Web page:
THE sister of a Scotstoun teenager who drowned at the weekend has hailed him as a hero for saving her.

Owais Malik, 17, died on Sunday evening at the Royal Alexandra Hospital after doctors were unable to save him.

He had been about two miles north of Luss with sister Zobia, father Ismail and mother Shanaz Fatima.

Zobia told The Sun she and Owais struggled for their lives in deep water while their father stood on a ledge in shallow water stretching his hand to save them.

The 19-year-old told the paper: “We were walking out and everything was okay. Then all of a sudden we took a second step and fell down and it was so deep.

“We were basically trying to jump from the bottom and push up to the surface to get a breath and shout, ‘help help help’. This was going on for about five minutes. I was shouting, ‘I’m going to die’.

“Owais was holding me tight and then my dad came into the water. He can’t swim so he was standing near us and leaning towards us, trying to reach us. If he had taken a step forward he would have fallen in with us.

“My dad was holding my fingers and then my brother — who was holding my hand — pushed me towards my dad. That push made me fall forward towards my dad and then in that moment my brother let go of my hand.

“He lost his grip. We were drowning but my brother saved my life.”

The family came to Scotland as asylum seekers from Pakistan in 2015. Their mother is on crutches and was unable to help and initially their father was at their car when the siblings got in trouble.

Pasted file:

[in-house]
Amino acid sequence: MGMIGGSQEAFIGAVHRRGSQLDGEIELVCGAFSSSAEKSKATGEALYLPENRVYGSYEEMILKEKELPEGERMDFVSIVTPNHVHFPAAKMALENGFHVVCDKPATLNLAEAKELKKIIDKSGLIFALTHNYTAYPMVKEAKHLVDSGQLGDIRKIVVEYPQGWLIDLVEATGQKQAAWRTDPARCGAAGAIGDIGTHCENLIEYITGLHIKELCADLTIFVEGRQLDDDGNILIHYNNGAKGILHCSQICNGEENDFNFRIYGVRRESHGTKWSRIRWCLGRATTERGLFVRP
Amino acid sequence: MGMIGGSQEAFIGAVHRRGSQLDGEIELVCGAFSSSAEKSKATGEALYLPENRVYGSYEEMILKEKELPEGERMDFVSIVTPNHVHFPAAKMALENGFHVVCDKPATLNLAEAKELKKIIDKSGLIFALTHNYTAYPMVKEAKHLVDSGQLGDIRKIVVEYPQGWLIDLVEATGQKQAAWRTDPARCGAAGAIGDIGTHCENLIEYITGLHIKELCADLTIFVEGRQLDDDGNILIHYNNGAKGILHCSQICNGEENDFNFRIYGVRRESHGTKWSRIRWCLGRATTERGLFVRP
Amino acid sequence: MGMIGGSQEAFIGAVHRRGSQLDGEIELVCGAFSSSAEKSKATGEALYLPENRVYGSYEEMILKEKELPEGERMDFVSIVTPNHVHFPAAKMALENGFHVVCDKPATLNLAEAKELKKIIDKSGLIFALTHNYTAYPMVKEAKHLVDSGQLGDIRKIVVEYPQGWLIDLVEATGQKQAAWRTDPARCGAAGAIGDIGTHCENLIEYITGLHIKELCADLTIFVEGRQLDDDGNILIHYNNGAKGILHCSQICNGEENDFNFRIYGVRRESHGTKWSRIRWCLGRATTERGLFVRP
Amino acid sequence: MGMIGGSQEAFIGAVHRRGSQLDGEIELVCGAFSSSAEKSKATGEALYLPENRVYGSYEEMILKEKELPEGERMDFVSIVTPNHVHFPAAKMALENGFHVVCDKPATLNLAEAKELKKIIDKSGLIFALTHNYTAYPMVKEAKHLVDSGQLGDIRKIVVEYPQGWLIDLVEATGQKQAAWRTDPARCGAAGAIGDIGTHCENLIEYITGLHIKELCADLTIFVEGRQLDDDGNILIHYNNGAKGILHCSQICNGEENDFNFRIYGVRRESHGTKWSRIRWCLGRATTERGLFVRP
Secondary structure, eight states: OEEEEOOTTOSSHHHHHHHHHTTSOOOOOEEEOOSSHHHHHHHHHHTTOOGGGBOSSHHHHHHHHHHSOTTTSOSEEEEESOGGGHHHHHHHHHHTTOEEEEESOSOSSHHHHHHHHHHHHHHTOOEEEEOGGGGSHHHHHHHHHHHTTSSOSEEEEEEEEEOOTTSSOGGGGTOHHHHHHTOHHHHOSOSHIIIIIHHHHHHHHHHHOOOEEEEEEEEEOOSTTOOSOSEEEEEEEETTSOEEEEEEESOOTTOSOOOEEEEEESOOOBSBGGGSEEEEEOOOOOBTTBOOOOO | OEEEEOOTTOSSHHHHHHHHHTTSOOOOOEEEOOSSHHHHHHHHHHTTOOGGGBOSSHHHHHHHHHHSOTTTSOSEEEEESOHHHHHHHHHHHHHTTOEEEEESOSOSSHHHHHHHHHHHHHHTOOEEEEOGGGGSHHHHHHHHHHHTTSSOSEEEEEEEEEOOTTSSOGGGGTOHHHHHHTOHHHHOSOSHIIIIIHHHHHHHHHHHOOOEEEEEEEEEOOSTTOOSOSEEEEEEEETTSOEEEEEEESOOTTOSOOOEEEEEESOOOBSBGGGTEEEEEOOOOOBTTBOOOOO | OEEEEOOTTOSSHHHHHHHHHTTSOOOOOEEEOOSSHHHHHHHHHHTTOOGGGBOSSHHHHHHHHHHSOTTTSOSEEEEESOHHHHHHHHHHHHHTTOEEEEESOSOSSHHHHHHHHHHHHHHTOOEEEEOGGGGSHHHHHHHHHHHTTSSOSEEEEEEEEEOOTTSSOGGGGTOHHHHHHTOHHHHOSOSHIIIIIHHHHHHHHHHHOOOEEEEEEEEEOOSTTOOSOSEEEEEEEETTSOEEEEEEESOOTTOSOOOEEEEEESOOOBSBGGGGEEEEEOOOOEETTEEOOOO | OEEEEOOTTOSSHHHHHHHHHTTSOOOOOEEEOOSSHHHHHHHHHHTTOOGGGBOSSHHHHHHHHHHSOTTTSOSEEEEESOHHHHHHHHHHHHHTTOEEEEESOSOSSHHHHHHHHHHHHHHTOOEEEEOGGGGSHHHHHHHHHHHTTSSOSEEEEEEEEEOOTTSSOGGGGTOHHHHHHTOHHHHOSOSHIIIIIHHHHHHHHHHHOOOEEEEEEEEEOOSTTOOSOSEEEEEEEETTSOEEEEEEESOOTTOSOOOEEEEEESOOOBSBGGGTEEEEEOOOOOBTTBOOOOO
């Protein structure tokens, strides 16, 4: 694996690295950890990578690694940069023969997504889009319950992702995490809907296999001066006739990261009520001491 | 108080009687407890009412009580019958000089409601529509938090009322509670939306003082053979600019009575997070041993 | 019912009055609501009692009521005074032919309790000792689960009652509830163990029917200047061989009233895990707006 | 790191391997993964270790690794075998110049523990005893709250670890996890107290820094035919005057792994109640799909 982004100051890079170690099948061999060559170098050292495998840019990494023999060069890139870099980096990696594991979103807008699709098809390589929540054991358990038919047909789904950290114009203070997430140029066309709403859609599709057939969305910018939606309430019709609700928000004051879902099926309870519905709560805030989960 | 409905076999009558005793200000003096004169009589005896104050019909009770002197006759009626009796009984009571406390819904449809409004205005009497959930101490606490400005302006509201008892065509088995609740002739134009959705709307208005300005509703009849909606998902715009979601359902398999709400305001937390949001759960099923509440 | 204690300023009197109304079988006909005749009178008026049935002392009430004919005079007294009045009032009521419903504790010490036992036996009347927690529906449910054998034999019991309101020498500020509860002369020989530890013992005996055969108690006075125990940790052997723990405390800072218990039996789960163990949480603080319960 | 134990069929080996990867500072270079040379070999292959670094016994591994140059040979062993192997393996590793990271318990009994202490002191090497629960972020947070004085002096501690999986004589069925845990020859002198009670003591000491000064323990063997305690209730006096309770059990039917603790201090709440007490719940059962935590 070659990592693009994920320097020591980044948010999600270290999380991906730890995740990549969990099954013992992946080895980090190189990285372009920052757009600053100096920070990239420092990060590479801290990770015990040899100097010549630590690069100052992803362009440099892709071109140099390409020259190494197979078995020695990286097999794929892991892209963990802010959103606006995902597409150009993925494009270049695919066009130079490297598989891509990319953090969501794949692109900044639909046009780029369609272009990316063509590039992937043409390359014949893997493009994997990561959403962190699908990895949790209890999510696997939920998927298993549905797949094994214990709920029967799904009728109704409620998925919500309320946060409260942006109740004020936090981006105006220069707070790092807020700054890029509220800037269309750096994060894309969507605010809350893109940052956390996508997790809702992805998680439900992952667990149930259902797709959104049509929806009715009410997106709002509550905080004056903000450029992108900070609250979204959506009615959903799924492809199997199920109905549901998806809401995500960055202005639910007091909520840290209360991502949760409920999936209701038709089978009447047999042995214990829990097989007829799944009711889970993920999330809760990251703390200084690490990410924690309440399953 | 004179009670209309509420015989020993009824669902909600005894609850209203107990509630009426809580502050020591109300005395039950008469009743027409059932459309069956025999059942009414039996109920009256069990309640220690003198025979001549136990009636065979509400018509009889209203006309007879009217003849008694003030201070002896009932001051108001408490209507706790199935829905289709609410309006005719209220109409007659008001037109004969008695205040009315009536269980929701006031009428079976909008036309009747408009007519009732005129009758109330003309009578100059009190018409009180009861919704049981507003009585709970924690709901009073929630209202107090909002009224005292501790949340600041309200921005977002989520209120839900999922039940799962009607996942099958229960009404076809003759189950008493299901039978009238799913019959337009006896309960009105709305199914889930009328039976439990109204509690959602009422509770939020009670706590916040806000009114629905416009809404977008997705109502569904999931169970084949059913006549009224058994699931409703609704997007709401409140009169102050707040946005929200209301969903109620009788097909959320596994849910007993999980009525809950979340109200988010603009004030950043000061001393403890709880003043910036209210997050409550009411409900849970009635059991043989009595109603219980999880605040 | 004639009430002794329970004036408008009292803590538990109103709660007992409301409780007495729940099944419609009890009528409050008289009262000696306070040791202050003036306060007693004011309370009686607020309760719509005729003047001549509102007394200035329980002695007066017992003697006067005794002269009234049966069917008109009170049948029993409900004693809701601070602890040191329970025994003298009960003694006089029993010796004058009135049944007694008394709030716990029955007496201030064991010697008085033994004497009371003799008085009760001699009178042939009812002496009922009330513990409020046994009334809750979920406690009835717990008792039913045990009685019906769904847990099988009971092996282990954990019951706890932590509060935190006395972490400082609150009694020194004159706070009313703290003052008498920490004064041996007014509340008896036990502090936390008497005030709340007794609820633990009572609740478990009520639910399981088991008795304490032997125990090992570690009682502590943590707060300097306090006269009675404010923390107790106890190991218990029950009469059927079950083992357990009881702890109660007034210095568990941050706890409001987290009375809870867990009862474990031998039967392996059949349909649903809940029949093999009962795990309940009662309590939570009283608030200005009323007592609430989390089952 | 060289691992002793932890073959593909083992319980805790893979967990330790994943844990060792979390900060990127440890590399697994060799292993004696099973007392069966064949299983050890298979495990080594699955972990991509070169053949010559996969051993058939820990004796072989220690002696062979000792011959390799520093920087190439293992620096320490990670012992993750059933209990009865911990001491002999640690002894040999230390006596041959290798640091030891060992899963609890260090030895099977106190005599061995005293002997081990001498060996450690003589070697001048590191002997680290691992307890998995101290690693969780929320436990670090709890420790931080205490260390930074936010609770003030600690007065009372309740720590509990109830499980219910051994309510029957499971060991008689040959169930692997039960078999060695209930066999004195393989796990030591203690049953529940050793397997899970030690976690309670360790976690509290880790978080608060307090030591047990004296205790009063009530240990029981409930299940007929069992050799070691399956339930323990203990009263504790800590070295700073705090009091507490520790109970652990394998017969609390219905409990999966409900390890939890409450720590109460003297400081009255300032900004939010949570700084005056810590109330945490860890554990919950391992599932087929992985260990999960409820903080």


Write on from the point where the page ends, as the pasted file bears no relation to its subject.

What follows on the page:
In a statement, police said they received a call at 7.17pm reporting a male in trouble in the water at Luss.

This was the second drowning tragedy in the loch within a week.

Rebin Rehan, 25, got into difficultly in the water near the Maid of the Loch and Drumkinnon Bay at around 9pm on Wednesday night.

A police search party in collaboration with the Loch Lomond Rescue Boat recovered his body the following morning.

A police spokesman said: “Please do not enter the water regardless of the weather and your ability. The water temperature is cold and can cause cramps and cold water shock, coupled with unknown depths and unseen hazards.”

Gordon Watson, chief executive of Loch Lomond and The Trossachs National Park, said: “We are deeply saddened by the news of the tragic deaths on Loch Lomond over the last week. Our thoughts are with the young men’s family and friends.

“Loch Lomond is a beautiful place enjoyed by many visitors but it can be dangerous and across the loch there are many areas where the water depth changes suddenly and unexpectedly. Even in the hot weather like we have been having recently, the loch is still very cold and shock can set in quickly.”